Members of Missouri's National Federation of the Blind (NFB) chapter visited the Capitol this week, delivering their message that "low expectations create obstacles between blind people and their dreams. Blindness is not what holds us back."
Their annual lobbying effort involves informing lawmakers of some of the key, special issues facing blind Missourians that those with sight may not have considered.
Requiring a research-based, standardized reading media assessment.
Missouri law says "no blind person shall be denied instruction in Braille," but it does allow school districts to determine whether print or Braille is "the most appropriate method for reading and writing for a given student," the NFB reminded lawmakers. "Far too often print is determined to be the most appropriate reading medium because the process used in making evaluations is flawed and because the strong preference of teachers and school administrators is to teach what they know and use the resources easily available to them."
However, if blind students aren't provided materials in Braille when they need them, the group said, there can be physical and health consequences.
"It is common practice for students with visual impairments to hold reading materials very close to their faces, and/or to hunch their bodies over the materials when reading," the NFB explained.
"In addition to the posture and other health concerns these reading positions raise, years of field practice and experience have demonstrated that youth who read print materials at very close distances suffer eye strain, headache, neck and back pain, fatigue, and diminished concentration, reading speed, and comprehension."
So any test the state uses should "ensure that children are evaluated when sitting up straight and with materials held or placed at standardized distances," the group said. "We urge the Missouri General Assembly to embrace literacy for the blind with the same vigor that our society embraces literacy for the sighted."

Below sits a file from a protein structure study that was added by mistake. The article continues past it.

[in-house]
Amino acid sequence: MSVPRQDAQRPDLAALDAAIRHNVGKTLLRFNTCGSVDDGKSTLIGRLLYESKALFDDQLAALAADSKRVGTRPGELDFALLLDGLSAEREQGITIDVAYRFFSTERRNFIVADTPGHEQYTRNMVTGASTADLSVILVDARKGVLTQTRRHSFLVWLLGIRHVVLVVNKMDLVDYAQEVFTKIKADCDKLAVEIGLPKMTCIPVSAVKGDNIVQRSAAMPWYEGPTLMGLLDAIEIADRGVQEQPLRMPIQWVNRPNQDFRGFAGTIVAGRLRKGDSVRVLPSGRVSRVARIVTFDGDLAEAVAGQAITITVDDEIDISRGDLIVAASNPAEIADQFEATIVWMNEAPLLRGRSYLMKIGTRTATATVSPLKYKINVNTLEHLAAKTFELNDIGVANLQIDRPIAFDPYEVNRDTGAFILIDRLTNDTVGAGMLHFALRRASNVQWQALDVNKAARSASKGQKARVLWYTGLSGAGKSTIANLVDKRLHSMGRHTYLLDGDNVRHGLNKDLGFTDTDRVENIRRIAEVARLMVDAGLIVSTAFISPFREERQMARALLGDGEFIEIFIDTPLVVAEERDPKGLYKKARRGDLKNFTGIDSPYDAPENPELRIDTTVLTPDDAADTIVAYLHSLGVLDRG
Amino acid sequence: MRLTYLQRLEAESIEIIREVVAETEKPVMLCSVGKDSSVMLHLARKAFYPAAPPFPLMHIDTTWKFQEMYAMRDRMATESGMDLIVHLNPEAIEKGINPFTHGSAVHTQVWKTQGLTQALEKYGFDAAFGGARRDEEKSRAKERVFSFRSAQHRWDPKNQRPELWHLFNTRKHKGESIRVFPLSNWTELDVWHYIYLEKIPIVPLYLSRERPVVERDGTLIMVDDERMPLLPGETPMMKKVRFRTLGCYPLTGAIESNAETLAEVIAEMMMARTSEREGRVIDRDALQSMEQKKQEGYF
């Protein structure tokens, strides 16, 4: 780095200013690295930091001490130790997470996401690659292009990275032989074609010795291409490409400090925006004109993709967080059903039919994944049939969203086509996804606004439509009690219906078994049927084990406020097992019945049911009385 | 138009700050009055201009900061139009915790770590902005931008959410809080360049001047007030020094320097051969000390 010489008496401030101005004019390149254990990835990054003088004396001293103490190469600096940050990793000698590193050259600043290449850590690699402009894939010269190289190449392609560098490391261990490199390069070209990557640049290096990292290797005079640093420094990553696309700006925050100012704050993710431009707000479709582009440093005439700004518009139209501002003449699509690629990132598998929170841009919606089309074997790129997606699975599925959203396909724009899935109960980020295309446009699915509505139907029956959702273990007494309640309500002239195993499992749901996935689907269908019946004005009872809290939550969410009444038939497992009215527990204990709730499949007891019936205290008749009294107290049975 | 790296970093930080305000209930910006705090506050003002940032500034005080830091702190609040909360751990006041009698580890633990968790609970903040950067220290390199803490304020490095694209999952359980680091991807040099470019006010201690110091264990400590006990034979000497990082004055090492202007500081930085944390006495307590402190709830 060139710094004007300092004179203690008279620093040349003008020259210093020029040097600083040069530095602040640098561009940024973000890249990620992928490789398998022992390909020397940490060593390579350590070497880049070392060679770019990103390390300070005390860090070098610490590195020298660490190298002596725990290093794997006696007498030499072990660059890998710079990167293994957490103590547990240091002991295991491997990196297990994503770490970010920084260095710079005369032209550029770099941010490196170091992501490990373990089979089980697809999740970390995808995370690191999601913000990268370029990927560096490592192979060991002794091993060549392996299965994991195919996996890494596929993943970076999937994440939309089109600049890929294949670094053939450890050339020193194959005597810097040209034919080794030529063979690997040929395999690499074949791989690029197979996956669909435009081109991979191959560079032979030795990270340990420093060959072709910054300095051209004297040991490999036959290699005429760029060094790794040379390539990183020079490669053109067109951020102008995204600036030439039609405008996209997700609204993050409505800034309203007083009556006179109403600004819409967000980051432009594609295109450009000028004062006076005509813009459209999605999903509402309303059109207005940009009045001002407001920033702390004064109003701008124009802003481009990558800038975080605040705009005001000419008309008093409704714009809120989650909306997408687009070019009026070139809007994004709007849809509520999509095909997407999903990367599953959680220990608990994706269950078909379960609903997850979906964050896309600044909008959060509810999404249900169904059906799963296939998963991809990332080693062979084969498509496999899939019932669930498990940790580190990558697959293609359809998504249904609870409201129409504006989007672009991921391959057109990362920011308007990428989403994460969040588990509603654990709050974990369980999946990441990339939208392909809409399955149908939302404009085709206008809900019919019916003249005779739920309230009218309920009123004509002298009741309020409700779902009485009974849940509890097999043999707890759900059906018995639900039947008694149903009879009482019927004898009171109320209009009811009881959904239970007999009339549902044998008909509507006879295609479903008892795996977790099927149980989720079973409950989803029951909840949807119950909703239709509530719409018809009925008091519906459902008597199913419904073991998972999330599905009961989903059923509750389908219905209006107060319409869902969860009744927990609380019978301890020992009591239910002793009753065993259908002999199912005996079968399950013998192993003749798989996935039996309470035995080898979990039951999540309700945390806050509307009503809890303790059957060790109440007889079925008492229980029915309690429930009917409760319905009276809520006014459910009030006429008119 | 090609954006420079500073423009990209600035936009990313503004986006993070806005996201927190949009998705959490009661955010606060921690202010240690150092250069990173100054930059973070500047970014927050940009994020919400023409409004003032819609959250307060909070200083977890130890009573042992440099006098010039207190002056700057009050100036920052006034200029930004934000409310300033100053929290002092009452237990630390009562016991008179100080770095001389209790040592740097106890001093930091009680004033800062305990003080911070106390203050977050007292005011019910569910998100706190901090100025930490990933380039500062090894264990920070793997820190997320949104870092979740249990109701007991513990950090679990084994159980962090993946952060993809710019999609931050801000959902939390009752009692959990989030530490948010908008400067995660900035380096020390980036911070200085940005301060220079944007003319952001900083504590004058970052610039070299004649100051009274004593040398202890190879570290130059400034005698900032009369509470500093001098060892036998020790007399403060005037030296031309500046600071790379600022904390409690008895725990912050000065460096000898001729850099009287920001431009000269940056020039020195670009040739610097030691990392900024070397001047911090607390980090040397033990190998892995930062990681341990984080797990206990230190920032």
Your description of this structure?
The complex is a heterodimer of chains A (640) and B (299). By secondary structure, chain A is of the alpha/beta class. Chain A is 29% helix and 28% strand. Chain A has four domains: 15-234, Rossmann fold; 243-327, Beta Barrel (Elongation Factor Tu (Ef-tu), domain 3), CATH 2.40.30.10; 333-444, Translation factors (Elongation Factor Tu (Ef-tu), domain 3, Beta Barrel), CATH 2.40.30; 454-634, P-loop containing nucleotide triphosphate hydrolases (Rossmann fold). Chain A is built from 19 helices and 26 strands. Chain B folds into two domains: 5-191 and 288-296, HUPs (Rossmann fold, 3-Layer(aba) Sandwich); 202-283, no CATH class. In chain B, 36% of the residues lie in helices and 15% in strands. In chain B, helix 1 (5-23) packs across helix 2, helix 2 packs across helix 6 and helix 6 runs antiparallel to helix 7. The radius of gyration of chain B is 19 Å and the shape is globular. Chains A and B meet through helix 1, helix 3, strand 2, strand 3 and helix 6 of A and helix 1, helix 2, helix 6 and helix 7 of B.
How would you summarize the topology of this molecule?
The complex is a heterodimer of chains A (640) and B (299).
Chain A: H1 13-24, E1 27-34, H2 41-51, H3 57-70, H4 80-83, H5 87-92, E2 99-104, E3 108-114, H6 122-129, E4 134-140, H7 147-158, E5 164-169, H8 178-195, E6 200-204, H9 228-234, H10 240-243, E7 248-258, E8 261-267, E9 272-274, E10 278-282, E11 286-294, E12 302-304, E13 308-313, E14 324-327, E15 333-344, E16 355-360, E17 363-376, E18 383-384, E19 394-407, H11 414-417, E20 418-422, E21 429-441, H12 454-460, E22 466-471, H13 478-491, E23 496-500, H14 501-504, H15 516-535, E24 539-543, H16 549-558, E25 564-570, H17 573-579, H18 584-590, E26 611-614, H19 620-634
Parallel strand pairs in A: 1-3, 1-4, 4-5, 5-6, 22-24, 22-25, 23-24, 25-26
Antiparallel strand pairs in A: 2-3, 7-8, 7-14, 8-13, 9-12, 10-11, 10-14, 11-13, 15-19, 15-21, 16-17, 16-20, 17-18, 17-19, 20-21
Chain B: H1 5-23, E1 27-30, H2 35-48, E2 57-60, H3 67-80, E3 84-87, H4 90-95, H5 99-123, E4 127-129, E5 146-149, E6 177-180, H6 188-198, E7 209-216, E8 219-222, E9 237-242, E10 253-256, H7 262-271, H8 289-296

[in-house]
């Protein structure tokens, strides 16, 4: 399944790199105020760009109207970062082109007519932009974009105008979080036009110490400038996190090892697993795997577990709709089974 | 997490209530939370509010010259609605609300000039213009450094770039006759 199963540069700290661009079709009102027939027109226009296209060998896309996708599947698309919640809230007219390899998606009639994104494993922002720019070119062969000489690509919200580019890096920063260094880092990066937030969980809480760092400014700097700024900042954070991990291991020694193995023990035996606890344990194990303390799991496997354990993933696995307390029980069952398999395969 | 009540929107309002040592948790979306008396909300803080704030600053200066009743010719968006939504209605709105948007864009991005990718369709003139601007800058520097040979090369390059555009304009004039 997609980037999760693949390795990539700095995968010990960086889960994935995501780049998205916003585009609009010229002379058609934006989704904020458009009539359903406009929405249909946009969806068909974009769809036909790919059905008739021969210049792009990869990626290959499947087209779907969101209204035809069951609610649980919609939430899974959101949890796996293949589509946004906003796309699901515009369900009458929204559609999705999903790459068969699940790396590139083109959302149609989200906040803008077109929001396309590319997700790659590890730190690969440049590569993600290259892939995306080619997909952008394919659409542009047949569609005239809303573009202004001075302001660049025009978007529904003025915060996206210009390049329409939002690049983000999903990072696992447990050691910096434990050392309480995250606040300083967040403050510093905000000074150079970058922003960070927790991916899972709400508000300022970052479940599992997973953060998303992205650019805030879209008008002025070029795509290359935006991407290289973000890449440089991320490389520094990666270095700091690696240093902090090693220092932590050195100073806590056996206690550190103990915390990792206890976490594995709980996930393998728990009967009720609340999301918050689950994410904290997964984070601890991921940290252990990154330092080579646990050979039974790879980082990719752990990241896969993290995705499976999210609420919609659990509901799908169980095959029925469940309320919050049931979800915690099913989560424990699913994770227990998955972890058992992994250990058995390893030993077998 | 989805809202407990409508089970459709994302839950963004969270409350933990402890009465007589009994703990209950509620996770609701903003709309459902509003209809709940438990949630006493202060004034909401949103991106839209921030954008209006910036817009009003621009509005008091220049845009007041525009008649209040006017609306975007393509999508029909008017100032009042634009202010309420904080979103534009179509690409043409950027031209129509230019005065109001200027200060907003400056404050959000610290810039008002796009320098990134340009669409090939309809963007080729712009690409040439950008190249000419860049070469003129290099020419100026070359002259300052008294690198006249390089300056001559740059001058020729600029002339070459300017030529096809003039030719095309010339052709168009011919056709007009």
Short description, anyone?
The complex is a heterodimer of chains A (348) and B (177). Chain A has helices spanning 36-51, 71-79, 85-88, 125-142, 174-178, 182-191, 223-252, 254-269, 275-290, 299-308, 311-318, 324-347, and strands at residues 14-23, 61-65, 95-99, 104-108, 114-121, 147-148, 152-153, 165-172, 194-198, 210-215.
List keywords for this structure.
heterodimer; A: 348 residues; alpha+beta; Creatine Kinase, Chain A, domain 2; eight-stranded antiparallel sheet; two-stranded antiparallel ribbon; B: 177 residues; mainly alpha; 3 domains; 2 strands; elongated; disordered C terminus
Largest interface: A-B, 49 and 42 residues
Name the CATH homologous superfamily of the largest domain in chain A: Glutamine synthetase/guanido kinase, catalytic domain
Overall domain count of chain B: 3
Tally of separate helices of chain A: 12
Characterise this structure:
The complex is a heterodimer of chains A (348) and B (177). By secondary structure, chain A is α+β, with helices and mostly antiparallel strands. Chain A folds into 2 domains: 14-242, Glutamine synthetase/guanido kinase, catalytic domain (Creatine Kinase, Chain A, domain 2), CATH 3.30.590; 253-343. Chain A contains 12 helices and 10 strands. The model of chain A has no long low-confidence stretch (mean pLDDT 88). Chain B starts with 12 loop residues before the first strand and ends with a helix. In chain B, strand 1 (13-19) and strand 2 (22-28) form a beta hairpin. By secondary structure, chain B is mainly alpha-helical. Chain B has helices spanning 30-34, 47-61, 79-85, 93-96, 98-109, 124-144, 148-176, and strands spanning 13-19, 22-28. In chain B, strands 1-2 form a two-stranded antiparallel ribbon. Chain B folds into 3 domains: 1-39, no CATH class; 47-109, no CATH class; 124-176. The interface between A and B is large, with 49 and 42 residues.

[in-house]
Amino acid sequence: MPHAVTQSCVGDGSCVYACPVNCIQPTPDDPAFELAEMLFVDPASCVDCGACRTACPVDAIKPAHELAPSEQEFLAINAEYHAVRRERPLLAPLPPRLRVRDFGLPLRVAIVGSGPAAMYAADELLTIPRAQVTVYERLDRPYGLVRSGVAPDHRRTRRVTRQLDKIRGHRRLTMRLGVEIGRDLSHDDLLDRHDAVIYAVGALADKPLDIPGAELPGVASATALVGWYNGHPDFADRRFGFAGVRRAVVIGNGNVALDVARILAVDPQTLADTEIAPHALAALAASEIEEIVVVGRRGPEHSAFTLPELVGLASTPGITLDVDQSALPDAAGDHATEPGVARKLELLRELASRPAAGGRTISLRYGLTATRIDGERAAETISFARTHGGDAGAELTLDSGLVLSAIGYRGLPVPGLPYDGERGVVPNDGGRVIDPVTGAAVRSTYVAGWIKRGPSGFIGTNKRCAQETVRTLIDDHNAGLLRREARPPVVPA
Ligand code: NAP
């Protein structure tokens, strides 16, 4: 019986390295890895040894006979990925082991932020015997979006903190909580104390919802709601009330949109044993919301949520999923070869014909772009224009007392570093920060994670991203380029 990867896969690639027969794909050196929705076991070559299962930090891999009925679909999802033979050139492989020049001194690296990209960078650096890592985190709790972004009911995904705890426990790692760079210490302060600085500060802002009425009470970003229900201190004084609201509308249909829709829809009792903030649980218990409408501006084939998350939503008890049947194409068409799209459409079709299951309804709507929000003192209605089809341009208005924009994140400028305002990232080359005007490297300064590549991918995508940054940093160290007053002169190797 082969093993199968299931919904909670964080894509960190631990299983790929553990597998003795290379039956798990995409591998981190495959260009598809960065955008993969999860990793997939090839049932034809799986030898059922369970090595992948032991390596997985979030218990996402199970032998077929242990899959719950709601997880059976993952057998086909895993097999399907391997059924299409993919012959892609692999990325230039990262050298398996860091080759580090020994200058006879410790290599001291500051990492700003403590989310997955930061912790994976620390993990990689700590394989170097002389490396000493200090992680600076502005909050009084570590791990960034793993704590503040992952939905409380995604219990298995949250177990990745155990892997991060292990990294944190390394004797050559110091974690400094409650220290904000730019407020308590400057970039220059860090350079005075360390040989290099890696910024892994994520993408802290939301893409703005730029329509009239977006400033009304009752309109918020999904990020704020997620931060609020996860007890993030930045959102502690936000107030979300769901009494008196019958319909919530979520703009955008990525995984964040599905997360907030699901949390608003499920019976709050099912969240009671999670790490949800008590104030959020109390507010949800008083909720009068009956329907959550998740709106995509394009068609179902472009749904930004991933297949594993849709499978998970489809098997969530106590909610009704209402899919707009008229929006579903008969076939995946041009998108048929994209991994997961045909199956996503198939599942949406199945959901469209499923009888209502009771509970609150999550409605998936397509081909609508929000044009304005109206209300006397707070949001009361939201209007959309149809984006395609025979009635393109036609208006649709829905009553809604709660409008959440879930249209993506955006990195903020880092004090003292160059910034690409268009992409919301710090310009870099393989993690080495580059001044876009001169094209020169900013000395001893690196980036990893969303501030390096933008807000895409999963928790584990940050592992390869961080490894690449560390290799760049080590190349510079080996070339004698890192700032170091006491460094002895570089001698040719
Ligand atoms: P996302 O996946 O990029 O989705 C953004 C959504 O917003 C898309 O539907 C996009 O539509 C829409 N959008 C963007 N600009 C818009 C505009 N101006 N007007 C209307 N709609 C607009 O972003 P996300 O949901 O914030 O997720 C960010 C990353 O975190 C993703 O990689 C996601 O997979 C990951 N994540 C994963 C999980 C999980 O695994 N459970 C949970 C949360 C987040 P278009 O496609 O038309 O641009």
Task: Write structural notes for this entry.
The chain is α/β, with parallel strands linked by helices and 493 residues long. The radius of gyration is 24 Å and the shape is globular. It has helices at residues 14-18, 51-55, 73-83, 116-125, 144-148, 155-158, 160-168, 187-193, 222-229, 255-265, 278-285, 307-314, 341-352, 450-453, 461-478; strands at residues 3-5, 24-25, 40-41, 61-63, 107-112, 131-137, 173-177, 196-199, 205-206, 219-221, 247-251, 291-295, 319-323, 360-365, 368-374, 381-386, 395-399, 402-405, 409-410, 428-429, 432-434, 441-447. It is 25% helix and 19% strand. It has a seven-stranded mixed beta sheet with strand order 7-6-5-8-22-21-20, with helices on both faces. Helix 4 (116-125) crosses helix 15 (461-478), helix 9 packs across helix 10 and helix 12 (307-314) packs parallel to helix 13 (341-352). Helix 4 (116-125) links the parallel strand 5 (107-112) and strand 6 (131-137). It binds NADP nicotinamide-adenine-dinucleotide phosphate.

Mandating accessible voting in all elections.
The federal "Help America Vote Act" requires each polling place to have at least one voting machine, during each federal election, that can be used by a blind person without requiring the assistance of a sighted person.
The federation wants to see those voting machines used "consistently" in state and local elections as well as federal contests — and doing so would bring the state into compliance with two other federal laws, the Americans With Disabilities Act and the 1973 Rehabilitation Act.
Changing state law involving the identification required to buy alcohol.
Recently, the NFB told lawmakers, a blind chemist, 35, visiting from another state was not allowed to buy alcohol because Missouri law didn't recognize his state's non-driver license as being valid.
They said current law, which lists Missouri's non-driver license and a valid out-of-state driver's license as acceptable identification, should be updated to include valid non-driver's licenses from other states.